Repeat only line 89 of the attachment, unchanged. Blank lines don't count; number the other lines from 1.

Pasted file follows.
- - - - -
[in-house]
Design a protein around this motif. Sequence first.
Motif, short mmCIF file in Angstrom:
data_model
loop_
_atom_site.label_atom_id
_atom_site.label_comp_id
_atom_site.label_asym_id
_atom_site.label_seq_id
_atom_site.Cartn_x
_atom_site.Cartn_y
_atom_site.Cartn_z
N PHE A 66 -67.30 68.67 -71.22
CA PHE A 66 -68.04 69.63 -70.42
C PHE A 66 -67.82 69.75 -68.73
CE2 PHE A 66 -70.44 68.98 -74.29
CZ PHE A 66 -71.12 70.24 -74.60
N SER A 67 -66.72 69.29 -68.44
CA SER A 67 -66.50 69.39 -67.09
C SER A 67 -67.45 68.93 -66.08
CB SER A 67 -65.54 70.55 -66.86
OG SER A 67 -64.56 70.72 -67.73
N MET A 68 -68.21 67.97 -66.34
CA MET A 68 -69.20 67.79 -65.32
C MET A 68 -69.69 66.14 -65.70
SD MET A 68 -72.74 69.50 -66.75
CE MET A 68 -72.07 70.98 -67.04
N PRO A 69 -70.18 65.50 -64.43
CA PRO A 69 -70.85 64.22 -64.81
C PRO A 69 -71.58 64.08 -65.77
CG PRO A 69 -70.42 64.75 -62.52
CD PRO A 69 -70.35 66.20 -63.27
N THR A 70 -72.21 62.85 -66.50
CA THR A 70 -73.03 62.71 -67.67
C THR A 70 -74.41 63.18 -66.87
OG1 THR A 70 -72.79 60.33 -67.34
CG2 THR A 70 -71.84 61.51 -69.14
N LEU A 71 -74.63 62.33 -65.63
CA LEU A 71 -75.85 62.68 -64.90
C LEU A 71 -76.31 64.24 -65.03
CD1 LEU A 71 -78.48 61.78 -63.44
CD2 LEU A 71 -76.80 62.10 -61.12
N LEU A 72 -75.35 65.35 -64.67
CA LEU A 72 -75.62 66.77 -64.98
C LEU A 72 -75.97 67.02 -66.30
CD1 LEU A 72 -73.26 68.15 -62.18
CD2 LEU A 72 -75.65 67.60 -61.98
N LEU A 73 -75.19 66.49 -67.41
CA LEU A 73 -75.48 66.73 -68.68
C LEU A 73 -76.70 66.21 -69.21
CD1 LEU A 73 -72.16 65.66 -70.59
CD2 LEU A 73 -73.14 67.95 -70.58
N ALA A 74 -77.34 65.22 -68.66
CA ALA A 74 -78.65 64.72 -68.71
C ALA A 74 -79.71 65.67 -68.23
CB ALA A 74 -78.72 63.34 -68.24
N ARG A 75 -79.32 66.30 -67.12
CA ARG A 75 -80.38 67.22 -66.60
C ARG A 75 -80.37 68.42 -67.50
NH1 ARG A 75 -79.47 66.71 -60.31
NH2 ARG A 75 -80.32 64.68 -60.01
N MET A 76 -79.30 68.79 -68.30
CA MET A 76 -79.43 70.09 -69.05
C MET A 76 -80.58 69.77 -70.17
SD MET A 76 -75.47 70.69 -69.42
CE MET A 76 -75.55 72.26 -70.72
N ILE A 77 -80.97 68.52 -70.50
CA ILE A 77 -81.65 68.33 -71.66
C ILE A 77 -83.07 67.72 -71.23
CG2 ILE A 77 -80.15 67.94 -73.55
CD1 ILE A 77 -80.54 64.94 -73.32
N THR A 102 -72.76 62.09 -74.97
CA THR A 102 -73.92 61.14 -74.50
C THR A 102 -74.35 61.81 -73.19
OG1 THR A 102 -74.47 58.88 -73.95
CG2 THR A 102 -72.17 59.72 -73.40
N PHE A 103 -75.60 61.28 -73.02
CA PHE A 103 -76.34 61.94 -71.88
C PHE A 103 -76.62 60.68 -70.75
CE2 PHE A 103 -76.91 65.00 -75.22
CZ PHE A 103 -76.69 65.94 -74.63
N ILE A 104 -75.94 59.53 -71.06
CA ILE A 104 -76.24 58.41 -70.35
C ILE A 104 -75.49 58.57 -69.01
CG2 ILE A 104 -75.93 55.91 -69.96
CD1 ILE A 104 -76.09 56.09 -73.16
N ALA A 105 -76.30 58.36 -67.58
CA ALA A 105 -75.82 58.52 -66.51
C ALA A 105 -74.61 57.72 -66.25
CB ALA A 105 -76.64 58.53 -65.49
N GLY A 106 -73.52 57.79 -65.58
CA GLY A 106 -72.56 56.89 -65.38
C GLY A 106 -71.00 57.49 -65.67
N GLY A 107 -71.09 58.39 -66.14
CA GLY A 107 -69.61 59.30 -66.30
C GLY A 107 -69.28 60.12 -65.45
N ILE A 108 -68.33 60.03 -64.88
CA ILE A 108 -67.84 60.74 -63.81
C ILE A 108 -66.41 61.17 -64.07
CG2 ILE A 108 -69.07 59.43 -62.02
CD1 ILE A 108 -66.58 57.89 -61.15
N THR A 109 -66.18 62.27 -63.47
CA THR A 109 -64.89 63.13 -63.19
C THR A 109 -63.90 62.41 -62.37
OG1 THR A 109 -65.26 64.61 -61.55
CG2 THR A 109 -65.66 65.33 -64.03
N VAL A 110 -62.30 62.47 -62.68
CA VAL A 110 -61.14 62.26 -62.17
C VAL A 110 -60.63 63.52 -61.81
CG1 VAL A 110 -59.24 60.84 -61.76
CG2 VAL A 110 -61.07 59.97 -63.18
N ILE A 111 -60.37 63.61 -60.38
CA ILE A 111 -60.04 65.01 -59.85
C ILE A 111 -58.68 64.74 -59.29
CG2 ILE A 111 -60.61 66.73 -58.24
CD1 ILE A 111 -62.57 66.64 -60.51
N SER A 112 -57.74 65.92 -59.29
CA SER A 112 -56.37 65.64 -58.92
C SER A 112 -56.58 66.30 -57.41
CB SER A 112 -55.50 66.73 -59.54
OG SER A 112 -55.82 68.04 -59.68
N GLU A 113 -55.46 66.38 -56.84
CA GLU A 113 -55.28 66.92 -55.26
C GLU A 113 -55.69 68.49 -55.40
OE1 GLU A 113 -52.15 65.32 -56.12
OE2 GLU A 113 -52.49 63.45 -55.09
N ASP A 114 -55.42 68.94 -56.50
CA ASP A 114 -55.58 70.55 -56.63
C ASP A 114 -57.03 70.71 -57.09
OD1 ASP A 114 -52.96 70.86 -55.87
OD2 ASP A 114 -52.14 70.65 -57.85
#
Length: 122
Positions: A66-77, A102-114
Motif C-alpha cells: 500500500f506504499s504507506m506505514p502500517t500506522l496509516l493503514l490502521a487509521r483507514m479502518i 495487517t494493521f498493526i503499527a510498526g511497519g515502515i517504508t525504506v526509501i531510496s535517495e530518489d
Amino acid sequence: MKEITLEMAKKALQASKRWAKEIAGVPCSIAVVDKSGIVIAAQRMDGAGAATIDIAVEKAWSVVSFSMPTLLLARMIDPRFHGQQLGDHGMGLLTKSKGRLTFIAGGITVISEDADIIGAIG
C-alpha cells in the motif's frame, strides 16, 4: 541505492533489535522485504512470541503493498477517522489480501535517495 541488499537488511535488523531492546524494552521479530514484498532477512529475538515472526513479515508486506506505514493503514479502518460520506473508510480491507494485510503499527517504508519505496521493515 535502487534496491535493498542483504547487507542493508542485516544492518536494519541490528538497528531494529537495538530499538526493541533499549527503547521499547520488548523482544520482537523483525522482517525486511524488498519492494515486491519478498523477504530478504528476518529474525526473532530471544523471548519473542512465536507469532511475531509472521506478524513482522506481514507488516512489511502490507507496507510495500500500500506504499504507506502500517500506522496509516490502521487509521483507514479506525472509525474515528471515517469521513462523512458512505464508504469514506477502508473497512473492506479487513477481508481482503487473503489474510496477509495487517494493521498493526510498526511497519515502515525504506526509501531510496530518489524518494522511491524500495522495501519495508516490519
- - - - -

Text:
C ALA A 105 -74.61 57.72 -66.25